NYSCF Collaboration Discovers New Role for Metabolism in Pluripotency

The Context: What makes stem cells special is their ability to turn into other cell types in the body (a characteristic called “pluripotency”). Our understanding of how different molecular pathways control pluripotency, however, is incomplete, and to create stem cell models of disease, we need to identify the most effective ways to induce and maintain pluripotency in the lab.

The Study: Researchers from Memorial Sloan Kettering Cancer Center in collaboration with NYSCF Research Institute scientists discovered that growing stem cells in a culture medium that lacks fat molecules (also known as lipids) helps cells acquire a better state of pluripotency.

The Importance: This study sheds light on the molecular drivers of pluripotency and identifies a new mechanism that converts stem cells to a more stable and improved pluripotent state. A better understanding of what determines pluripotency will allow scientists to create better stem cell models of disease—helping us understand its root causes and develop new treatments.


Stem cells are unique because they can turn into all cell types of the body — allowing us to study how these different cell types develop and function (both in healthy individuals and in disease). A cell’s ability to turn into other cell types is referred to as “pluripotency,” and while we can manipulate cells into becoming pluripotent in the lab, pluripotency is in part an unstable and not fully understood cell state. Thus, inducing and maintaining pluripotency is a complex and often difficult process.

A major factor that influences the quality of pluripotent stem cells is the culture medium in which scientists grow the cells. Finding the best possible recipe for making an effective cell medium is critical for optimizing stem cell production and downstream processes such as generation of tissue-specific cell types. Current options can be problematic, as the factors controlling pluripotency are not completely elucidated.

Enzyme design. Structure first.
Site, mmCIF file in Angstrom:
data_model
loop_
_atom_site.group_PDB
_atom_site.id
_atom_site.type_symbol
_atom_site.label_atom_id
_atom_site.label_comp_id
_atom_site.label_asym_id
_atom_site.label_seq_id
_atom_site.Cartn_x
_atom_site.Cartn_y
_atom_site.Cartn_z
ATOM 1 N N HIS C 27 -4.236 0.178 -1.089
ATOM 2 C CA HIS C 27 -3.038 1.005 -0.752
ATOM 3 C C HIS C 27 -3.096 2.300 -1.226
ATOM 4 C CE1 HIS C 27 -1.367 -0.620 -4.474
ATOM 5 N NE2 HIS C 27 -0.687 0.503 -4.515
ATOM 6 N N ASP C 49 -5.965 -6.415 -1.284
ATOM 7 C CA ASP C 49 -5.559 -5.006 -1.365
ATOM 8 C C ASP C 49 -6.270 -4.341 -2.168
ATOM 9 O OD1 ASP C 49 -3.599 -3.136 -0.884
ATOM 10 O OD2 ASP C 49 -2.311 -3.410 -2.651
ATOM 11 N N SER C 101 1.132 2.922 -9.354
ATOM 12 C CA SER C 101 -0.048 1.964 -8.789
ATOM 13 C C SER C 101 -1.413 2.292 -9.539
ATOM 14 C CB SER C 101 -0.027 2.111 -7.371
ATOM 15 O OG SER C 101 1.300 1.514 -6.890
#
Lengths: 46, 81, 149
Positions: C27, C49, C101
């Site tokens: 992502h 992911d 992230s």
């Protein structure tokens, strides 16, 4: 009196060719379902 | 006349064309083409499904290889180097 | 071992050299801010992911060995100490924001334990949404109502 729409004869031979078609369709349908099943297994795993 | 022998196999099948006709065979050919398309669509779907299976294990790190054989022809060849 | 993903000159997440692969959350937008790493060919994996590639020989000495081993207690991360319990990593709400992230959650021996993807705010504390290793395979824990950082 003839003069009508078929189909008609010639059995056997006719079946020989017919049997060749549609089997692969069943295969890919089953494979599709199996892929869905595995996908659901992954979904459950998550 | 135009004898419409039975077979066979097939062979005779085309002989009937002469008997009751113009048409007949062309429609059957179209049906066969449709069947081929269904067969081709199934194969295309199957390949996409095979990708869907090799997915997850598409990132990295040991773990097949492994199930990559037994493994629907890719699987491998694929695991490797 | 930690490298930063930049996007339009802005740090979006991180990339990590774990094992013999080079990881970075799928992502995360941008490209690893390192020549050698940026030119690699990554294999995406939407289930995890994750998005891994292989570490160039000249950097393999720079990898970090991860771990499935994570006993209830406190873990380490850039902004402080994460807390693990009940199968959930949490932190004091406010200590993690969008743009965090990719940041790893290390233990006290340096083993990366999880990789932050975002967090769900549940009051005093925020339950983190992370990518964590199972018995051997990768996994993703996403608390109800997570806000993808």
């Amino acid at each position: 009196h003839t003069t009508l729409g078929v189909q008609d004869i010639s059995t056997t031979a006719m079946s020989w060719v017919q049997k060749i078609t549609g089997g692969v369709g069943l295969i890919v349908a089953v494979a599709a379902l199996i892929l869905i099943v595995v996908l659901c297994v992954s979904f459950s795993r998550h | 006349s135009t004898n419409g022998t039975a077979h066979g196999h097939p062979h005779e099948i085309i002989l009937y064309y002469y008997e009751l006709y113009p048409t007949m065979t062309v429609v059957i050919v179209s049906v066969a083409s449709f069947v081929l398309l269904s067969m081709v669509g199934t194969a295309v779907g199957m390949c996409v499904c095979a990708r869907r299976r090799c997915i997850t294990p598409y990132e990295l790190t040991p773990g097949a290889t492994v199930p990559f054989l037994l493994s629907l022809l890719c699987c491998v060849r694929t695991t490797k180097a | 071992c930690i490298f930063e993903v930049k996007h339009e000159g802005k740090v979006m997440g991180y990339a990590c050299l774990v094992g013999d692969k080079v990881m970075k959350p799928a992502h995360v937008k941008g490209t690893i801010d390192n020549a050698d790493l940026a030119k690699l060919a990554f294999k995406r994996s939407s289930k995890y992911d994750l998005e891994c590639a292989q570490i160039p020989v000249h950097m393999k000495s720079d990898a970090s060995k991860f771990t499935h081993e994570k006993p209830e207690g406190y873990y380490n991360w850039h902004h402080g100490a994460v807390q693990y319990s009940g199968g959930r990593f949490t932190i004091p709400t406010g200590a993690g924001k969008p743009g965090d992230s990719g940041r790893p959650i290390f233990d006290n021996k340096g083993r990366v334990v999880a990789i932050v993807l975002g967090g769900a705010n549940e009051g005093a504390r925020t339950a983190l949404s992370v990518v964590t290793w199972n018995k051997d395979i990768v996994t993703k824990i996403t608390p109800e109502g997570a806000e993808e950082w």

A new study in Cell Stem Cell from scientists at Memorial Sloan Kettering Cancer Center in collaboration with the NYSCF Research Institute’s Drs. Scott Noggle and Daniel Paull finds that culturing stem cells in a growth medium (Essential 8TM) which lacks lipids, improves their pluripotency features, bringing them closer to the “naïve” state of mouse stem cells.

While we know that pluripotent cells often show activated lipid metabolism, the exact role of lipids in pluripotency was previously unclear. The team first observed that growing stem cells in the minimally formulated Essential 8 medium changed the cells’ features to partially resemble those of the mouse “naïve” state. In a series of experiments and computational analyses, they determined that the underlying mechanism driving this conversion was the fat-free nature of Essential 8. The scientists also found that deprivation of stem cells from external lipids helps them enhance their pluripotency by potentially mimicking a natural process that takes place during embryonic development.

With a better understanding of how lipids contribute to pluripotency and a medium that helps cells maintain it, scientists will have an easier time generating induced pluripotent stem cells in the lab. And by integrating this knowledge into large-scale stem cell production platforms such as the NYSCF Global Stem Cell Array ®, researchers will significantly improve their ability to generate high-quality cells and use them to create models of disease and find new treatments.


Original journal article:

Lipid Deprivation Induces a Stable, Naive-to-Primed Intermediate State of Pluripotency in Human PSCs
Cornacchia et al., 2019, Cell Stem Cell 25, 1-17 July 3, 2019. https://doi.org/10.1016/j.stem.2019.05.001




Diseases & Conditions:

Stem Cell Biology